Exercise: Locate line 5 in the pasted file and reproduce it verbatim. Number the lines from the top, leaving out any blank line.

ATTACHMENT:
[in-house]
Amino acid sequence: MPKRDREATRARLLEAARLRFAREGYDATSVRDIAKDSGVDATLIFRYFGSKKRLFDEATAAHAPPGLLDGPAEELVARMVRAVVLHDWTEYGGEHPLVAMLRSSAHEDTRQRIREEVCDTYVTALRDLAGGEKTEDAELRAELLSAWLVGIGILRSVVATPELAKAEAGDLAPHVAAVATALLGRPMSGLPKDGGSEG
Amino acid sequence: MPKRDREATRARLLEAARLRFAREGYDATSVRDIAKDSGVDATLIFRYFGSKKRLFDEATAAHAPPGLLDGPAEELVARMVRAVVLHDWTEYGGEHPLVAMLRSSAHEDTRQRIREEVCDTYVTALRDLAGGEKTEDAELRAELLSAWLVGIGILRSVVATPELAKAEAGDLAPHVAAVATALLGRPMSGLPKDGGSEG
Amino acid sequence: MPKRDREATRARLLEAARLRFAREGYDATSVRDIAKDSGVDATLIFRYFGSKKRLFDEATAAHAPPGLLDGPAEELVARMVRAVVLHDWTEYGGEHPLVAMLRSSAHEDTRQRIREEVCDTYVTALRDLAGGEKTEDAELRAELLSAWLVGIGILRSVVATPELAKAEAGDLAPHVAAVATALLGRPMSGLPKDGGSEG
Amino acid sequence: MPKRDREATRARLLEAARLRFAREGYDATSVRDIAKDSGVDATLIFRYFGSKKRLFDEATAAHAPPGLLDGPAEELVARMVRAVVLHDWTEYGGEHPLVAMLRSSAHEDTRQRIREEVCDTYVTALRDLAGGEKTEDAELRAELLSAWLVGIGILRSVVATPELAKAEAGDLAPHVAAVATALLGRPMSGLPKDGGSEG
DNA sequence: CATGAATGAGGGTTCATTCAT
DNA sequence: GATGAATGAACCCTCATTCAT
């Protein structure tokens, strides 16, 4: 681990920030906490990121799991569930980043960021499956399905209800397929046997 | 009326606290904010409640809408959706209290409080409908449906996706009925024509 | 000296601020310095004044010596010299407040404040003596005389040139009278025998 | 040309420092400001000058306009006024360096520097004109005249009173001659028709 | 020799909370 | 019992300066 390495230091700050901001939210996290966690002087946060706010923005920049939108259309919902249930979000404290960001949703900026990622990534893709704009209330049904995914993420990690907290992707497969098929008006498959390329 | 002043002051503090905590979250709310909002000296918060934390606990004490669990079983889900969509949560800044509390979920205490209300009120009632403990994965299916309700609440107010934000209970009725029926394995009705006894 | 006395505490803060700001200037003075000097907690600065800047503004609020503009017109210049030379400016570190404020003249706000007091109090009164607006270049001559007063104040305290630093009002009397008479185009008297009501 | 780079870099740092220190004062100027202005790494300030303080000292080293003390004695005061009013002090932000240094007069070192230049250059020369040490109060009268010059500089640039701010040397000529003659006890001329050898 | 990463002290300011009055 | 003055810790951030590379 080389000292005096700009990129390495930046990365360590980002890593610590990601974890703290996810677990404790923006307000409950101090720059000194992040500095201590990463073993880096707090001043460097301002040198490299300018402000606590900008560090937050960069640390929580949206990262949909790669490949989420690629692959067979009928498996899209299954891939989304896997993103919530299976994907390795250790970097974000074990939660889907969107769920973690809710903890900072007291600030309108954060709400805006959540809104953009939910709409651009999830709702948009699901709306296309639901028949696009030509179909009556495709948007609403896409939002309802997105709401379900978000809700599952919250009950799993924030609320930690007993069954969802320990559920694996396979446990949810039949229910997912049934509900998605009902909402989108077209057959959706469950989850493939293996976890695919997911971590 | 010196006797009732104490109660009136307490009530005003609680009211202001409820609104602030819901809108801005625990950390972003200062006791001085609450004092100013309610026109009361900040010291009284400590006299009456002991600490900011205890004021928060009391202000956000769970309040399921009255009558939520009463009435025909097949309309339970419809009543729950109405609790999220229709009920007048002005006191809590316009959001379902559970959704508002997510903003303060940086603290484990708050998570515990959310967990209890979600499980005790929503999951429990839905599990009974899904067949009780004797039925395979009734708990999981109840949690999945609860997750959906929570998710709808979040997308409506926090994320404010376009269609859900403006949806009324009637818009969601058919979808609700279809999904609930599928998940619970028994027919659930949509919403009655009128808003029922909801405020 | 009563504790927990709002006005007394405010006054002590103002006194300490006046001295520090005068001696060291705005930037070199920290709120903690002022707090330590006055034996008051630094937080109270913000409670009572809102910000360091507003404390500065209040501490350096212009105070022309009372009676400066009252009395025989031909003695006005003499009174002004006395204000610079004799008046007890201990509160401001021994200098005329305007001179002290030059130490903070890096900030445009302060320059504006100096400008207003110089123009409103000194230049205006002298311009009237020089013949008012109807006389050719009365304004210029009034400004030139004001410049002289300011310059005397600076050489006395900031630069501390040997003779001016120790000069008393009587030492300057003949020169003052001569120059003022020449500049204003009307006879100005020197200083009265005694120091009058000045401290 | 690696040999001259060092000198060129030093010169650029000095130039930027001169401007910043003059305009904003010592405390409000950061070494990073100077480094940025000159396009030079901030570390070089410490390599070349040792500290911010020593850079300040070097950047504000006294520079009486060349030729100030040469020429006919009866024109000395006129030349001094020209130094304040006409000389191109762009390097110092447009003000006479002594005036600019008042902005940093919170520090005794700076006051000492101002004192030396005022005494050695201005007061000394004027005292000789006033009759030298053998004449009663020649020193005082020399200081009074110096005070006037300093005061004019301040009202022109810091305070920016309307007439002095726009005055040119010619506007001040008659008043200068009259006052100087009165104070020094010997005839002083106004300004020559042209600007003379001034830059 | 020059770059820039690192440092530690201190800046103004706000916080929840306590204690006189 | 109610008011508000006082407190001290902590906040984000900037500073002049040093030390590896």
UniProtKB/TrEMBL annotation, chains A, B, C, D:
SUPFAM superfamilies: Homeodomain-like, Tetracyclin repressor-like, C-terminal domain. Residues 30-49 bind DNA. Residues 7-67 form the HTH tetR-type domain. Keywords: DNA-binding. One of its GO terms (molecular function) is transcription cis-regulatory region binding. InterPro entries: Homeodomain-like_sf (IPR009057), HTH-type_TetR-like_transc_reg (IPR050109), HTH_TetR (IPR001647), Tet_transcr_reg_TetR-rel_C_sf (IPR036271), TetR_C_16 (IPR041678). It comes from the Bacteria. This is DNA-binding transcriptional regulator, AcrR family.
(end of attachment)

Amino acid sequence: MPKRDREATRARLLEAARLRFAREGYDATSVRDIAKDSGVDATLIFRYFGSKKRLFDEATAAHAPPGLLDGPAEELVARMVRAVVLHDWTEYGGEHPLVAMLRSSAHEDTRQRIREEVCDTYVTALRDLAGGEKTEDAELRAELLSAWLVGIGILRSVVATPELAKAEAGDLAPHVAAVATALLGRPMSGLPKDGGSEG